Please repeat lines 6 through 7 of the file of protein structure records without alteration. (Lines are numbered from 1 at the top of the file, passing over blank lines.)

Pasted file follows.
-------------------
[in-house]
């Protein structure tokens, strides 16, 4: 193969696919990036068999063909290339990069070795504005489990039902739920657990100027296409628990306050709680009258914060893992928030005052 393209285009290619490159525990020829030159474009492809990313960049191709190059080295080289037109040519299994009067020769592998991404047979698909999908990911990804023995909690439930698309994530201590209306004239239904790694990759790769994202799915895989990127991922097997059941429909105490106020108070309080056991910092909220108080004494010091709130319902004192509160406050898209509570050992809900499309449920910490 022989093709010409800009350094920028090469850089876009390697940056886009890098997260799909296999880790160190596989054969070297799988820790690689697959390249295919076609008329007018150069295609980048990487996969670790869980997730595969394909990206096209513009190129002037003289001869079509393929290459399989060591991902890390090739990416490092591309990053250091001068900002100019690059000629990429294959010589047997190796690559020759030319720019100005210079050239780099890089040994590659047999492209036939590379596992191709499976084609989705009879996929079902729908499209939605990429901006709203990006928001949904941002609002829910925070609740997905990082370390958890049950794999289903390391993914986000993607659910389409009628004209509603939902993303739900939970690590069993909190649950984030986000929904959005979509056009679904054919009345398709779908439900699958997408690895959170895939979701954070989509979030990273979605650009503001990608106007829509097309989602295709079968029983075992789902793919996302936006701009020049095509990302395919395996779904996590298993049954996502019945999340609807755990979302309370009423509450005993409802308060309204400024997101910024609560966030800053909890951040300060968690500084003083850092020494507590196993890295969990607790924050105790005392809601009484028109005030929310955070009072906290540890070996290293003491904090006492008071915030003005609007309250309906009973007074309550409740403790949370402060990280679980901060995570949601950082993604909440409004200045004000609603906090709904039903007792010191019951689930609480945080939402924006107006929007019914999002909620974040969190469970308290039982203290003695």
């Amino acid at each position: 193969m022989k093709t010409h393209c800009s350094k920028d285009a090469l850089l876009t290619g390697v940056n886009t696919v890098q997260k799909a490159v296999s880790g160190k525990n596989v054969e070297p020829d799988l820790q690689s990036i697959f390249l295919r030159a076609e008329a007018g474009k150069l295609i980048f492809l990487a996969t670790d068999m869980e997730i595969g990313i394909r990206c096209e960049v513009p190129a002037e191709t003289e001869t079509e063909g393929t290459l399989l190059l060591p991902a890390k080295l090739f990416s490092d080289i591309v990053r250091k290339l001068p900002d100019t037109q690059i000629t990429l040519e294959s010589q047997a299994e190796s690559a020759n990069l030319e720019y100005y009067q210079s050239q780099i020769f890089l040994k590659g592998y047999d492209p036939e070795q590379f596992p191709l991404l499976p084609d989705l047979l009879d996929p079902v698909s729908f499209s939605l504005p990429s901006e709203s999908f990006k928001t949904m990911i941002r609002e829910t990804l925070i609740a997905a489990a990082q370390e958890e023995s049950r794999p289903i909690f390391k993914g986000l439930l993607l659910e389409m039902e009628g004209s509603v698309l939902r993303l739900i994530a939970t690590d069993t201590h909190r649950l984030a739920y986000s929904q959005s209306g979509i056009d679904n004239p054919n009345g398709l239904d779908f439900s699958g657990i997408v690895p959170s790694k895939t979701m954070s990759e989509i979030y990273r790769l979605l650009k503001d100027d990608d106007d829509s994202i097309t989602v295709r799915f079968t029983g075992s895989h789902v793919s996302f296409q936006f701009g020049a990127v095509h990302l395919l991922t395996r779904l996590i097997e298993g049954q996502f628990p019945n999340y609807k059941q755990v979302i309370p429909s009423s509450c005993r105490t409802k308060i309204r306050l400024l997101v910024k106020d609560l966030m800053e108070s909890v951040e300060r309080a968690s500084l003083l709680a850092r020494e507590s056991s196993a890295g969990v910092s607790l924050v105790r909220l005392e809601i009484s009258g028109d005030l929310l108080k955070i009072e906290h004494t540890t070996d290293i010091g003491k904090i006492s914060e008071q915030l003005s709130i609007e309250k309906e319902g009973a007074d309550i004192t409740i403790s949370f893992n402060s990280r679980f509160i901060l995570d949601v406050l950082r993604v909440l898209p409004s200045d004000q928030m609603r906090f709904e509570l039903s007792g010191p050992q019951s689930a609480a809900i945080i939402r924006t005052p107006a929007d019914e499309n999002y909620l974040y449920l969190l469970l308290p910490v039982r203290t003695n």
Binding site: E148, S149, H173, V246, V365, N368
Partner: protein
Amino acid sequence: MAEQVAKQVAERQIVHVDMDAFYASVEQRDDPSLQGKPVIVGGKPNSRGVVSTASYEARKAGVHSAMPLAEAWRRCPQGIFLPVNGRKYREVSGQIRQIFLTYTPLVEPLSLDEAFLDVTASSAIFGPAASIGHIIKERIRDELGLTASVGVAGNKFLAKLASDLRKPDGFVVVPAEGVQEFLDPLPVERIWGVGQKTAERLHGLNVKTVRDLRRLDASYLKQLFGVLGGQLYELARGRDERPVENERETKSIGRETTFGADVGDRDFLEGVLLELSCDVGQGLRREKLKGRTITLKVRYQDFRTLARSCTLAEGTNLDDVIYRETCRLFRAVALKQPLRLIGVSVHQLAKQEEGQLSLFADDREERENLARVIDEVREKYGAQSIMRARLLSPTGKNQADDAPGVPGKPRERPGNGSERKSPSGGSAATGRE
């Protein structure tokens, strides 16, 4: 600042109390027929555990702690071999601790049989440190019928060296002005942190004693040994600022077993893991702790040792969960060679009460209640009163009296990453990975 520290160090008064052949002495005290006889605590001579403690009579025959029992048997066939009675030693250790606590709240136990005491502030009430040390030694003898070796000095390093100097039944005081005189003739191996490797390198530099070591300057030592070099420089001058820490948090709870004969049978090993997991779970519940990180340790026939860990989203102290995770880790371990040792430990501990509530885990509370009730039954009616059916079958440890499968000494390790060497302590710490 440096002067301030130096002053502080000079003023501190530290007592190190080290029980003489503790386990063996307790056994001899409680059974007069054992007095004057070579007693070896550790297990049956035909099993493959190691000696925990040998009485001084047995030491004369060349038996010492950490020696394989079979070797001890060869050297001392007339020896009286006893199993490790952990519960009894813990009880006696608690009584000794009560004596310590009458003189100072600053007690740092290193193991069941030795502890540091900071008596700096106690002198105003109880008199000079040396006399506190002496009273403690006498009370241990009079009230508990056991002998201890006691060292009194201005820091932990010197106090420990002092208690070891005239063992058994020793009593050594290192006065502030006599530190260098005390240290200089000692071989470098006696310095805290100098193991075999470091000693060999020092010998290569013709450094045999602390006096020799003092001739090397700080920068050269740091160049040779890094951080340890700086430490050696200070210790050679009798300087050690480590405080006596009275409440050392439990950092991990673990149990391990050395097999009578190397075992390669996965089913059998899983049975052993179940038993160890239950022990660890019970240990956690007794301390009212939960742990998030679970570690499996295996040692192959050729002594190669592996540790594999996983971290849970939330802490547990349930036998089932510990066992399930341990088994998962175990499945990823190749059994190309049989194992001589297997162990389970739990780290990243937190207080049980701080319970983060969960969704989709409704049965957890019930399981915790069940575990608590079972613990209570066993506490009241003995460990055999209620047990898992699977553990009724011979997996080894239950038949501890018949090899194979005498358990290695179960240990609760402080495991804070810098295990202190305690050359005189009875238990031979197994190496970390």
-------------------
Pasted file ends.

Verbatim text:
Amino acid sequence: MAEQVAKQVAERQIVHVDMDAFYASVEQRDDPSLQGKPVIVGGKPNSRGVVSTASYEARKAGVHSAMPLAEAWRRCPQGIFLPVNGRKYREVSGQIRQIFLTYTPLVEPLSLDEAFLDVTASSAIFGPAASIGHIIKERIRDELGLTASVGVAGNKFLAKLASDLRKPDGFVVVPAEGVQEFLDPLPVERIWGVGQKTAERLHGLNVKTVRDLRRLDASYLKQLFGVLGGQLYELARGRDERPVENERETKSIGRETTFGADVGDRDFLEGVLLELSCDVGQGLRREKLKGRTITLKVRYQDFRTLARSCTLAEGTNLDDVIYRETCRLFRAVALKQPLRLIGVSVHQLAKQEEGQLSLFADDREERENLARVIDEVREKYGAQSIMRARLLSPTGKNQADDAPGVPGKPRERPGNGSERKSPSGGSAATGRE
């Protein structure tokens, strides 16, 4: 600042109390027929555990702690071999601790049989440190019928060296002005942190004693040994600022077993893991702790040792969960060679009460209640009163009296990453990975 520290160090008064052949002495005290006889605590001579403690009579025959029992048997066939009675030693250790606590709240136990005491502030009430040390030694003898070796000095390093100097039944005081005189003739191996490797390198530099070591300057030592070099420089001058820490948090709870004969049978090993997991779970519940990180340790026939860990989203102290995770880790371990040792430990501990509530885990509370009730039954009616059916079958440890499968000494390790060497302590710490 440096002067301030130096002053502080000079003023501190530290007592190190080290029980003489503790386990063996307790056994001899409680059974007069054992007095004057070579007693070896550790297990049956035909099993493959190691000696925990040998009485001084047995030491004369060349038996010492950490020696394989079979070797001890060869050297001392007339020896009286006893199993490790952990519960009894813990009880006696608690009584000794009560004596310590009458003189100072600053007690740092290193193991069941030795502890540091900071008596700096106690002198105003109880008199000079040396006399506190002496009273403690006498009370241990009079009230508990056991002998201890006691060292009194201005820091932990010197106090420990002092208690070891005239063992058994020793009593050594290192006065502030006599530190260098005390240290200089000692071989470098006696310095805290100098193991075999470091000693060999020092010998290569013709450094045999602390006096020799003092001739090397700080920068050269740091160049040779890094951080340890700086430490050696200070210790050679009798300087050690480590405080006596009275409440050392439990950092991990673990149990391990050395097999009578190397075992390669996965089913059998899983049975052993179940038993160890239950022990660890019970240990956690007794301390009212939960742990998030679970570690499996295996040692192959050729002594190669592996540790594999996983971290849970939330802490547990349930036998089932510990066992399930341990088994998962175990499945990823190749059994190309049989194992001589297997162990389970739990780290990243937190207080049980701080319970983060969960969704989709409704049965957890019930399981915790069940575990608590079972613990209570066993506490009241003995460990055999209620047990898992699977553990009724011979997996080894239950038949501890018949090899194979005498358990290695179960240990609760402080495991804070810098295990202190305690050359005189009875238990031979197994190496970390």